The 1980s was a period of change in the United Kingdom. The country was experiencing a convergence of emerging technologies, new musical trends, and movements in pop culture that started to change fashion. My first exposure to CAD was when I was doing an internship with Jeff Banks of Warehouse in the early 1980s; I was blown away to see a laser cutting machine installed at the premises. The laser cuts the pattern through layers of fabrics with precision, sealing edges to prevent fraying. This delivers quality in a much more sustainable way.
Starting my first job as a junior designer in London was exciting! Everything we worked on was created by hand using traditional methods. The inspiration for the collections came from many sources and was gathered from various places such as traveling to trade shows, going to galleries and museums. Creating a collection has many aspects, including choosing the theme, fabrics, colors, and prints for the season, so finding inspiration in the vibrant London life around me was always an experience in itself.
Flat sketches and colorways were meticulously drawn by hand using a rotary pen, then colored with Pantone markers. Carefully cut out a surgical knife, sprayed glued onto foam boards for presentations to buyers. This would go through several iterations. Once all finalized by buyers or teams, the arduous tasks followed of creating the samples.
The designer would create tech packs with all colors, artworks, and fabrics sent to various factories at home or abroad for sampling. Numerous lab dips and strike-offs would be sent back to the designer, who checked and commented that all changes were to be implemented. So, the cycle continues until final approval.
This lengthy process would take at least six months before. Today we see the growth of fast, disposable fashion, which would start shrinking timelines for the fashion industry.
This uneconomical, unsustainable, highly toxic way of working was an everyday occurrence until I moved to California. I started seeing CAD in designing clothing in the early 1990s.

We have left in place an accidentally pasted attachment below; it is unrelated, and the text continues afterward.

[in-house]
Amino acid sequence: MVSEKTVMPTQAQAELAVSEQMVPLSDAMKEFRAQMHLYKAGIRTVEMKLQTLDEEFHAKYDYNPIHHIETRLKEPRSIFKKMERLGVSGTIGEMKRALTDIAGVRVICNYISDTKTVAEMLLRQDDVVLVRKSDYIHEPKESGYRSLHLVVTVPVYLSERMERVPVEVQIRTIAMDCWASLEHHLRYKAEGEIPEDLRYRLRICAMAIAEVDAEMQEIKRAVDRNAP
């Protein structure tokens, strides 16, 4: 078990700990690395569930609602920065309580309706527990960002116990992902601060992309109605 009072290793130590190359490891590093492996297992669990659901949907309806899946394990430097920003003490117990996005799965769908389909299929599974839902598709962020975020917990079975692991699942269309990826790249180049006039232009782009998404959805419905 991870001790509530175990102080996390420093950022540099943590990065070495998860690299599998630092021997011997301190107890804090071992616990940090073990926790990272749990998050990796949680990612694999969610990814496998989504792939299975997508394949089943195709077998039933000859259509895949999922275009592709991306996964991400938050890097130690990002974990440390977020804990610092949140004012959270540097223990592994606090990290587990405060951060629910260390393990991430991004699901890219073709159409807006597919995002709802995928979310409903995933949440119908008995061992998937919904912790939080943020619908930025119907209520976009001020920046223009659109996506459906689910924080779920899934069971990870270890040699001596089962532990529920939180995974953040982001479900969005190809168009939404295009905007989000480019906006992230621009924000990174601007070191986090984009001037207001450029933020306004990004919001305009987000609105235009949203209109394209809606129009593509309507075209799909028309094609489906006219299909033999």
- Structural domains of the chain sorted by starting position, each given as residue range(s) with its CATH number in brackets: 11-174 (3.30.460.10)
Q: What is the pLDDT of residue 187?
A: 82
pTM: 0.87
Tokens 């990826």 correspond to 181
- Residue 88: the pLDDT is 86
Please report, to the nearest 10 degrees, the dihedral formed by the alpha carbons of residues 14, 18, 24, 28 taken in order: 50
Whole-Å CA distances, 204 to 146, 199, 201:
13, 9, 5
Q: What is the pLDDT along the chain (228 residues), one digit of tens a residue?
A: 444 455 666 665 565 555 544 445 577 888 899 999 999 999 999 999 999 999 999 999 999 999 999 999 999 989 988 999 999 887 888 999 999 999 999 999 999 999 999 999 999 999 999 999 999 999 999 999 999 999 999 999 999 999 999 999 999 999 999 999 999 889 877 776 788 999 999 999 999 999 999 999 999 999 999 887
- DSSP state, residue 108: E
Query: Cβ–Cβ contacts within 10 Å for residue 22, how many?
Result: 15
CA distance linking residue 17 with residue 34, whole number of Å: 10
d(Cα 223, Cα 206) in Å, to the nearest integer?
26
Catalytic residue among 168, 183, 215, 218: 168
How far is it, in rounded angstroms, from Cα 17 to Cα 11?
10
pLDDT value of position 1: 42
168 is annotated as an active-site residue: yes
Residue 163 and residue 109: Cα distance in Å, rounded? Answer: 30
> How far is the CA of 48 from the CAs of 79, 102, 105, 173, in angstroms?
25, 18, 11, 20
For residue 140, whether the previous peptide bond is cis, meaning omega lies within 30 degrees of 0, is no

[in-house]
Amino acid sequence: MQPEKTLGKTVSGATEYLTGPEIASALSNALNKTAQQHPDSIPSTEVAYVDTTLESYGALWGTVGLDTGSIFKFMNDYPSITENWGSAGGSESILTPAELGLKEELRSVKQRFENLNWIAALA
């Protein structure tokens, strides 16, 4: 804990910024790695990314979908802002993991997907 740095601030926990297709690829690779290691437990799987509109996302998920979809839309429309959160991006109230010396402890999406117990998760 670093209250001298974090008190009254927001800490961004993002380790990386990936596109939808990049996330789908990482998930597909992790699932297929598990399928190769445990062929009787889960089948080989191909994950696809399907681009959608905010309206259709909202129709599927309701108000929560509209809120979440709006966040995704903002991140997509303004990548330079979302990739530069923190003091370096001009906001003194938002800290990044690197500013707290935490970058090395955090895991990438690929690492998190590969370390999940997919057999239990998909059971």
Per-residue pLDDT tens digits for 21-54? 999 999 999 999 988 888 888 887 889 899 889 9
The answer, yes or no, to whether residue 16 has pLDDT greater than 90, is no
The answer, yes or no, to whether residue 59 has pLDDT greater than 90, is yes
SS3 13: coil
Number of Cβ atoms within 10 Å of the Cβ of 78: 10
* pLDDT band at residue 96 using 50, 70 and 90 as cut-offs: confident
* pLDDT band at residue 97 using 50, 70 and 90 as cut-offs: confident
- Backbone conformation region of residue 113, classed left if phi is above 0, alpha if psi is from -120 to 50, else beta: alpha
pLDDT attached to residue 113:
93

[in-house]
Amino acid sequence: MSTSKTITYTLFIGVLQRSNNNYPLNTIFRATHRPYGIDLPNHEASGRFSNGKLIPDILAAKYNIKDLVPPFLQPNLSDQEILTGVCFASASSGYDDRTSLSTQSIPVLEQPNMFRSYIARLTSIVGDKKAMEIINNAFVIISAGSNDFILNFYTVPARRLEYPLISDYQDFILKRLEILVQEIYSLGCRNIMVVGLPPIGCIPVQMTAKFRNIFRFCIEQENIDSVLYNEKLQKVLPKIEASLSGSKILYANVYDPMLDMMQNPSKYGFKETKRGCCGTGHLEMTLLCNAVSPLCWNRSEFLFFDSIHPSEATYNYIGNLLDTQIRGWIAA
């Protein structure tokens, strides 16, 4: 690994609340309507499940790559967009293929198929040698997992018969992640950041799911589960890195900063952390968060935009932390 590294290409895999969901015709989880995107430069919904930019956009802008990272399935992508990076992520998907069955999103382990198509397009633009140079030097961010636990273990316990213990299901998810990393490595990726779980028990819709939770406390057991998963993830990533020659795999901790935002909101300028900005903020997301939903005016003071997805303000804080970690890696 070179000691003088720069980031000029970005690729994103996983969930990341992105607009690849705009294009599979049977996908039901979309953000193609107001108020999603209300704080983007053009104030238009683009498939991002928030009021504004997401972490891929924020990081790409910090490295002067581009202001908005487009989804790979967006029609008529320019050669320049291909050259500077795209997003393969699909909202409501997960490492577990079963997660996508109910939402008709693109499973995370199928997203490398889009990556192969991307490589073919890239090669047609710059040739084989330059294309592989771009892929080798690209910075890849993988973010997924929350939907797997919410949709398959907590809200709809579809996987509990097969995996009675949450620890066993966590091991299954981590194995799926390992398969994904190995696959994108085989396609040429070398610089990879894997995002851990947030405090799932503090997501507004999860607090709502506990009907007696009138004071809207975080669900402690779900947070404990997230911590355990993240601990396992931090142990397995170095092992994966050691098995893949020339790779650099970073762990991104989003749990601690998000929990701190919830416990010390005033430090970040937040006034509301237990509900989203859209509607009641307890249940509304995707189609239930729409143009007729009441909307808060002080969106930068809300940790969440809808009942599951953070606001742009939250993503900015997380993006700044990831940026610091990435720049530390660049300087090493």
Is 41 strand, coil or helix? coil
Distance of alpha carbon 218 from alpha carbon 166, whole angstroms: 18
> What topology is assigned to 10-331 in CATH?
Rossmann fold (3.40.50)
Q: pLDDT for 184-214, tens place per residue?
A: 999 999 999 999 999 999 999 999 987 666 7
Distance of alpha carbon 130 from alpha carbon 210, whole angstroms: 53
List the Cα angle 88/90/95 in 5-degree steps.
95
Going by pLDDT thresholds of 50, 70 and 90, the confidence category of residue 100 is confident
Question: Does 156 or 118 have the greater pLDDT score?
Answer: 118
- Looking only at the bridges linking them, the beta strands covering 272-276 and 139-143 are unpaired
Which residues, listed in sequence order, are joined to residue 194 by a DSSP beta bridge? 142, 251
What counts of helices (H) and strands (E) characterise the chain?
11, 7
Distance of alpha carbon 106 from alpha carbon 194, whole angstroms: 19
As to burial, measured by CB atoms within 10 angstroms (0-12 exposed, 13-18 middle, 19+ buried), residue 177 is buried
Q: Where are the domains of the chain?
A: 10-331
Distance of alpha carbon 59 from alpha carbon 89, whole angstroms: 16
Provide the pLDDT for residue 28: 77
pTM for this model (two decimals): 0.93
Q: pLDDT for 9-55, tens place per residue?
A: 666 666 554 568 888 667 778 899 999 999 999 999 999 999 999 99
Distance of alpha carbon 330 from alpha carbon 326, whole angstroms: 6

By 1993, I was heading a team that created kids' clothing using Adobe Illustrator and Photoshop to develop prints & graphics and colorways for complete ranges; as technology advanced throughout the 1990s, many designers started to modify their work methods, including myself.
I remember working in New York in 1997 for Phillip Van Heusen creating men's knit ranges for golf lines and knits collections. I would commission original artwork in multiple colorways, which were intricately hand-painted. Once the artwork was approved, it was sent to mills in Mexico and Hong Kong, where lab dips and knit downs were created. The introduction of CAD software made it possible to create complex artworks in days instead of weeks.
In 2000, I returned to the United Kingdom after a decade away. I landed a job as a senior lecturer in fashion. As a part of one of my modules, I introduced CAD in their course work; students learned to design portfolios on the computer- Many went on to make their mark with reputed firms globally due to this.
The designer work has seen a jump in production over the last few years as the technology required to produce such work has advanced. Furthermore, since we've seen our lives through tremendous changes since Covid on a global level, connectedness and technology have made the technology we use even more inter-connected and more accessible for us to use.
Over 4 decades of experience in fashion and some knowledge of technology I sought for a tool that incorporates artificial intelligence to simplify how we design, and that's how Design Studio was born. With the Design Studio, you can upload your design files, add silhouettes, color, prints & graphics or use our pre-existing libraries to create an unlimited number of realistic, high-quality 3d models with just one click. From creating multiple options and colorways of a single garment to adding backgrounds for photoshoots or create look books in minutes. It is easy to share with your clients and teams, transforming your workflow into a sustainable, collaborative one.
The entire design process that used to take months has been reduced to minutes, saving time, money, energy, and the environment. This makes The Design Studio on track to become a must-have for designers, students, and the curious who are looking to dabble in design.
The future of retail is likely to involve further innovation and the integration of AI to improve the customer experience. The use of AI is playing an increasingly important role in this process, with retailers using it to improve the customer experience and offer personalized recommendations.
Headless commerce gives eCommerce brands the necessary agility and flexibility to keep optimizing shopping experiences amid the growing complexity and dynamism of the market and the tech landscape. In the article, we take a deep dive into headless commerce and its many benefits to eCommerce companies.